Sun Buckets, Energy Supply, and COVID-19 Response

 

During this COVID-19 outbreak, while many countries practice social distancing, which includes avoiding crowded places and keeping a 2 meter distance from one another, for many people in countries affected by conflict, extreme climate shocks, or other humanitarian crises, this is simply impossible. The whole world is affected by the COVID-19 pandemic, but vulnerable communities will be hit the hardest. Outside of cities, such as Northern Kenya,  physical interdependency is key to survival -- be it firewood collection, water collection, cooking in community and living in dense quarters. Inside cities, poverty is so severe that social distancing is a choice between dying of hunger and dying of COVID-19. 

 

Sun Buckets collects, stores, and recovers solar energy in portable containers. This energy platform that sources free, renewable energy in a way that is safe and free of emissions, is an important tool in the humanitarian relief tool box.  In conflict or other fragile settings, maintaining electricity supply is a continuous challenge, as energy supplies are often disrupted or destroyed. In such contexts, Sun Buckets allow for the ability to cook raw foods, boil water to purify for drinking, washing or bathing, even with a disruption of the energy supply.  Post crisis, it provides increased self reliance for vulnerable communities. As long as you have the sun, even with some cloud coverage, Sun Buckets can store the heat, be brought inside and used as a cookstove. The larger version - Sun Barrels - currently in prototype form, can store heat through a full rainy season.  Organizations can use emergency relief means to implement a system that leaves a community stronger than before the crisis.  

 

Headquartered in Urbana, Illinois, Sun Buckets is a social enterprise, an independent corporation working with large corporations, governments, and multinationals to allow for energy independence.  This allows for nimble decision making, activity needed for crisis contexts. It is our hope to provide Sun Buckets to communities during this current crisis, leaving them with them stronger communities more resilient to stress.    

 

Indian Oil Corporation -- India’s largest oil and gas provider -- tested 10 Sun Buckets in the Summer of 2019, following up with an order of 5-10,000.  Schneider Electric, a French multinational corporation specializing in electrical equipment is currently discussing common interests and exploring collaboration with Sun Buckets.  Sun Buckets, Inc. is also a recipient of Creating Hope in Conflict: a Humanitarian Grand Challenge funding. 

 

COVID-19 Application and Case Studies

 

Haiti

 

In 2010, the Haiti earthquake shook the island.  As a member of the disaster relief community, Sun Bucket’s Director of Strategic Partnerships, Ahava Zarembski, personally participated in numerous conversations on how to provide relief to this ocean encompassed country.  Helicopter transport was primary. Yet for cooking fuel and clean water delivery nearly impossible. While cooking raw foods was preferred, allowing families to ground begin to heal, by cooking traditional, familiar meals,  Haitians had no energy source by which to prepare them. And so, nutrition bars were provided. It tooks days to weeks for clean water to arrive. Fast forward 10 years later -- have we not learned to prepare for disaster to a location where transport is interrupted?    Sun Buckets can fill this roll. With plenty of sun, Haitian can store solar energy to cook raw foods. Moreover, Sun Buckets can be used for consumption/sanitation and hygiene purposes, incredibly needed during the current pandemic. With public hospitals becoming overcrowded from COVID-19, and solutions turning to out-of-hospital care, heat from the Sun Bucket can even be translated for low voltage electricity to support make-shift, emergency care.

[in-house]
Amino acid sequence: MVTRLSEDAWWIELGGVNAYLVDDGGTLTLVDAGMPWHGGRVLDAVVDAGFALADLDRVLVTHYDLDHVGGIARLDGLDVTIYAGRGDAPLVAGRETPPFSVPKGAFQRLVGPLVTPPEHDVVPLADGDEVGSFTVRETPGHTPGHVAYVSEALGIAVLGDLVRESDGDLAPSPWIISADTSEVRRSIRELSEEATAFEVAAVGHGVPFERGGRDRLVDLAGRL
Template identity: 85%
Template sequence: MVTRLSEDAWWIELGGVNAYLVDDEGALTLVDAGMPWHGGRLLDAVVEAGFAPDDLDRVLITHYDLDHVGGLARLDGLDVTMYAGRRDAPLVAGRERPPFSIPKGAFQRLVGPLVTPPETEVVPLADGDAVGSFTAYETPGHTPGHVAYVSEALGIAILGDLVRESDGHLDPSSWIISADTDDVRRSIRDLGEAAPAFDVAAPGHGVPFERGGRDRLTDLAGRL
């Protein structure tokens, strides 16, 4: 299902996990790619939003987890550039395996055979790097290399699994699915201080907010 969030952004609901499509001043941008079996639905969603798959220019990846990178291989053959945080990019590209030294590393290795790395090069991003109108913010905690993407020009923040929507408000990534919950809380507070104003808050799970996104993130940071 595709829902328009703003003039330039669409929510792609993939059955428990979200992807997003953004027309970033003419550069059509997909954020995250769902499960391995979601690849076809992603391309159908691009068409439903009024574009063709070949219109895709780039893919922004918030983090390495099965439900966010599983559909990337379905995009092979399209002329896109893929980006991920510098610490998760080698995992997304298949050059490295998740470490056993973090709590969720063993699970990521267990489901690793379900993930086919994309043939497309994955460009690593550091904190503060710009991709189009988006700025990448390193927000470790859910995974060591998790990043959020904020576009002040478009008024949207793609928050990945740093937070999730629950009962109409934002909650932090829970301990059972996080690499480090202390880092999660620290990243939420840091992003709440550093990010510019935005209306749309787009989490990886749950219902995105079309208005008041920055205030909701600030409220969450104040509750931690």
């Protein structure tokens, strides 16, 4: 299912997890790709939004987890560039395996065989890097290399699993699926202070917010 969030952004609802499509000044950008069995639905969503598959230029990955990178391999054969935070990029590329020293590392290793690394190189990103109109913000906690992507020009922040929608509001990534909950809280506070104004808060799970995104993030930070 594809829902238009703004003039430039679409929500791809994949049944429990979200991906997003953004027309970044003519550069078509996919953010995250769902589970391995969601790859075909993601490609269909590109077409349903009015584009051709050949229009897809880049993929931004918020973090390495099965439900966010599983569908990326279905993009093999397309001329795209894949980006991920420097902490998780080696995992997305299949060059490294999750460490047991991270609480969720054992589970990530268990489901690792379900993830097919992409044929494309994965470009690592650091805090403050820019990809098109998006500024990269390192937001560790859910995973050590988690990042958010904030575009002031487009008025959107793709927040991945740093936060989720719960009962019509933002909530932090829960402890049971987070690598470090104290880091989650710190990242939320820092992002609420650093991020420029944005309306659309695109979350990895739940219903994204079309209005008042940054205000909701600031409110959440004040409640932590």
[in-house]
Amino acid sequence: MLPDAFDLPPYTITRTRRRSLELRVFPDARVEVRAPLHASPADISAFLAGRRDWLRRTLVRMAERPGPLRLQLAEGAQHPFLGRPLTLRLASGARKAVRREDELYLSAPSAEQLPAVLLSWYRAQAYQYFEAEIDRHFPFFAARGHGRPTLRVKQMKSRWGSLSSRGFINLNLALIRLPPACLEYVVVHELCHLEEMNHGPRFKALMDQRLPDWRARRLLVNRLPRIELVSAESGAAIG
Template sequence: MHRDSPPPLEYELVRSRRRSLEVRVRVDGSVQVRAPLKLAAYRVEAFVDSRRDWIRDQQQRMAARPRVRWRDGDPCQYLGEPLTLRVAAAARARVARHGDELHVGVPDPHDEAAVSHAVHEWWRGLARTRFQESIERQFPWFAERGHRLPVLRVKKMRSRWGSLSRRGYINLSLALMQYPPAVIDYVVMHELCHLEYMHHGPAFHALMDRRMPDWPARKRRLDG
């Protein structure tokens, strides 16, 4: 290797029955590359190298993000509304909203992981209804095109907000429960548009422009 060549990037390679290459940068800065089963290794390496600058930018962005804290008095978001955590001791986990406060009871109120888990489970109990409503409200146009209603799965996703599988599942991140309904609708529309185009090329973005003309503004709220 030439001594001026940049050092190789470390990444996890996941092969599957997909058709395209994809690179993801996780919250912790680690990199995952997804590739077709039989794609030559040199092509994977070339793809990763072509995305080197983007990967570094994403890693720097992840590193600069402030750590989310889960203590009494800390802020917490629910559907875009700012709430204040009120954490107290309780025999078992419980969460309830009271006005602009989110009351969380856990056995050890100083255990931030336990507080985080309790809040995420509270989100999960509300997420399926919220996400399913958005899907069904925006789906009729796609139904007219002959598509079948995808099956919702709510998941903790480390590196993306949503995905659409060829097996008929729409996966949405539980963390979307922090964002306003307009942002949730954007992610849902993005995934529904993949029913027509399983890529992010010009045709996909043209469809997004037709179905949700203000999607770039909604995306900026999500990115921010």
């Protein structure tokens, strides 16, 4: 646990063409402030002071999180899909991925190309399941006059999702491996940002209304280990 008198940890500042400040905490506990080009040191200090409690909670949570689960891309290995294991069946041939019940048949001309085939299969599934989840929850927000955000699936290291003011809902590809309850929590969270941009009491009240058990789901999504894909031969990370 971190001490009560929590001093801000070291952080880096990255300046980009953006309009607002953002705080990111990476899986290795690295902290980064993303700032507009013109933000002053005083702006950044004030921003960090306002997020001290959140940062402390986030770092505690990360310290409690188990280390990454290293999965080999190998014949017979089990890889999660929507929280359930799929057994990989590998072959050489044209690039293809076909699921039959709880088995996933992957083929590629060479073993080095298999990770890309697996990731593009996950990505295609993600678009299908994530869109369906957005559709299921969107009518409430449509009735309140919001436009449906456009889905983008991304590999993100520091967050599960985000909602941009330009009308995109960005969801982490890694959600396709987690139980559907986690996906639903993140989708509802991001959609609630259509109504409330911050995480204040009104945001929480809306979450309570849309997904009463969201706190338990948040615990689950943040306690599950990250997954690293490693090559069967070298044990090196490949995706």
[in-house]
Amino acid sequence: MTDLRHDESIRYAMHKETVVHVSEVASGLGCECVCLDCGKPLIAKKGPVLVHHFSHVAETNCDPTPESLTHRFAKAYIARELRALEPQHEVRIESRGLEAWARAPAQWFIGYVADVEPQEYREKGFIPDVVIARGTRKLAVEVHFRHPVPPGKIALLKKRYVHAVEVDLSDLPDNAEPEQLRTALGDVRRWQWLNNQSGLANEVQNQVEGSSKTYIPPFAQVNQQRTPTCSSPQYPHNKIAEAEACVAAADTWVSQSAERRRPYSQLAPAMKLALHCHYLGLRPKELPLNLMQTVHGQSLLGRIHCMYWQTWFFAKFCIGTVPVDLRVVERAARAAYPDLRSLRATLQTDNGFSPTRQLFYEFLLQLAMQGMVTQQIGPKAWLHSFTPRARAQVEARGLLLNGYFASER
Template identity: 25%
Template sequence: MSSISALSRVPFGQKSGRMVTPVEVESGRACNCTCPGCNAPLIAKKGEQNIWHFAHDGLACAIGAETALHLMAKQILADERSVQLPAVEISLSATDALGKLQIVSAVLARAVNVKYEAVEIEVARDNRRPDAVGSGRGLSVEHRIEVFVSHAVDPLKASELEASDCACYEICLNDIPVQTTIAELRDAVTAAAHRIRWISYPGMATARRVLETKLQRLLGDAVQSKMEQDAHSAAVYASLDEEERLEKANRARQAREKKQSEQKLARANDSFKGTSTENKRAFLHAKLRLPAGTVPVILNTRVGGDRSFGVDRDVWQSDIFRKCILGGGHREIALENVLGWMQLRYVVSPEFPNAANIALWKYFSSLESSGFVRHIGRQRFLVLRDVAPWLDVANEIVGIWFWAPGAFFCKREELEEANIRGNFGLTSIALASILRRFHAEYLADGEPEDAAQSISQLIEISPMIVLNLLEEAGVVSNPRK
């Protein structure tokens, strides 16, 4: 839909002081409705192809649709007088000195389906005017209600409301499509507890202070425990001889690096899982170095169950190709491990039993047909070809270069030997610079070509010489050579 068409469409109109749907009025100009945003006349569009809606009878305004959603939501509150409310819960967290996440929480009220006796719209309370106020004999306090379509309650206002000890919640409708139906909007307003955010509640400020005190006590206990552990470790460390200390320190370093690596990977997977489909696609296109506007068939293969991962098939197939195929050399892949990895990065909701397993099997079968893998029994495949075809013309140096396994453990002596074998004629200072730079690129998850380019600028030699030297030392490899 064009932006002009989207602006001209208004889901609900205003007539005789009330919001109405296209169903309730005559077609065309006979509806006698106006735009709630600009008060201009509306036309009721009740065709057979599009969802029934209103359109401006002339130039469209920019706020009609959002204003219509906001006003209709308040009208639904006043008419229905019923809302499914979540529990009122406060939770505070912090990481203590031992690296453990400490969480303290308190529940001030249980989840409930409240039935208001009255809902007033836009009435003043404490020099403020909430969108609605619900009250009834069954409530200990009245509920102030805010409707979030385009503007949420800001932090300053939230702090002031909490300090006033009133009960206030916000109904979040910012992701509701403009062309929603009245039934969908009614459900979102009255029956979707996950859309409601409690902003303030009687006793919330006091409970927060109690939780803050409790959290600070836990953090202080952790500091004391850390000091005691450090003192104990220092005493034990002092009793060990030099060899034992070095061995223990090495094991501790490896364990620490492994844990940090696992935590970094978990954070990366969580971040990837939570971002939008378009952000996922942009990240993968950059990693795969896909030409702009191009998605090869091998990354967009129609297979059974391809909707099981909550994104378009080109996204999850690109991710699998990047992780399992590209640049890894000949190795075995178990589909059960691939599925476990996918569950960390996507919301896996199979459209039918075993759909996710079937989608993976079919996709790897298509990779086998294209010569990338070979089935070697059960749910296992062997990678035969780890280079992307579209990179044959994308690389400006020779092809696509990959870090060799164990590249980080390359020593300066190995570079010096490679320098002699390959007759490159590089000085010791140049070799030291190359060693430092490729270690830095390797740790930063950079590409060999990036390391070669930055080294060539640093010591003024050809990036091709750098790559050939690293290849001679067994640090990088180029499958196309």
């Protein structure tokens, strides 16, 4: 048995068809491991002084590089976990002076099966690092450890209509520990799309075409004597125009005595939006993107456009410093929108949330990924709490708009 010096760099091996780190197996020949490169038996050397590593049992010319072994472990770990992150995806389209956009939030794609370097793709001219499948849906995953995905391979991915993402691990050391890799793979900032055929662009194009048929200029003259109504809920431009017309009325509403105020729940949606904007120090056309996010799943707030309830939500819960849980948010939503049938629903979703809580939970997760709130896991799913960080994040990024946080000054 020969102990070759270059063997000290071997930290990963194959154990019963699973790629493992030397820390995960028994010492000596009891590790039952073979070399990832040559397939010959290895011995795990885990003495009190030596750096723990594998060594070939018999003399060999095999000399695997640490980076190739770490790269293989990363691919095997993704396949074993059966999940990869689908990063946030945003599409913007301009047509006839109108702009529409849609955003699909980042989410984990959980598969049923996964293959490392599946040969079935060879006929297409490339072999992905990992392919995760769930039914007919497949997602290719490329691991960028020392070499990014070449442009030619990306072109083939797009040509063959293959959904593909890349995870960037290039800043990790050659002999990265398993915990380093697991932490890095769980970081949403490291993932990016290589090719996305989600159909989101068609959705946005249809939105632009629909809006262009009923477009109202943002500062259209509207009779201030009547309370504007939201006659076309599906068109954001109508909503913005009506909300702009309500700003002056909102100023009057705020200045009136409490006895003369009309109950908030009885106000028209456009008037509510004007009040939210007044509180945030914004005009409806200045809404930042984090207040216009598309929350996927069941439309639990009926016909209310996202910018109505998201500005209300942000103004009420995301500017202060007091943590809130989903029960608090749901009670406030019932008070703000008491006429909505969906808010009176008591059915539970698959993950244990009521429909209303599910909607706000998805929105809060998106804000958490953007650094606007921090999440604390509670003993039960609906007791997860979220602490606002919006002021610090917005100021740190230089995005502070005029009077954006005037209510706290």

Displaced Peoples

 

70.8m  displaced people worldwide,  this is simply impossible. Internally Displaced Peoples  Refugee camps and IDP settlements cannot support social distancing.  Kakuma and Kaobeyei, a refugee camp and settlement in NW Kenya, 188,000 people living within a 15 sq. km area.  As with much of the world, Kenya is currently in a state of lockdown. All peoples, not providing humanitarian aid, are forbidden to travel to the refugee camps.  28 cases of COVID-19 in the country. None yet in Kakuma, but if it does, we can expect a humanitarian disaster. Should COVID-19 break out in Kakuma or any other refugee camp, one can expect the virus to spread rapidly; and organizations will further restrict access.  How will food and firewood be delivered while a country is in lockdown The physical reality of Kakuma/Kalobeyei and other refugee camps around the world suggest that if - when the pandemic enters the camp it will spread rapidly. To prevent a pandemic from causing a humanitarian disaster we must ensure camps become increasingly self-sustaining in the event of a complete shut down.  

 

We request the humanitarian community to work with us to set up Sun Buckets cooking centers in settlements for DPs.  These cooking centers can be controlled and monitored as sustainable energy sources. While during emergencies this cooking center can be used for free, it also creates a structure to be replicated by entrepreneurs in the future as families pay for the meals to be cooked while at work and/or “rent a charged Sun Bucket” for a few hours saving long term on the cost of fuel.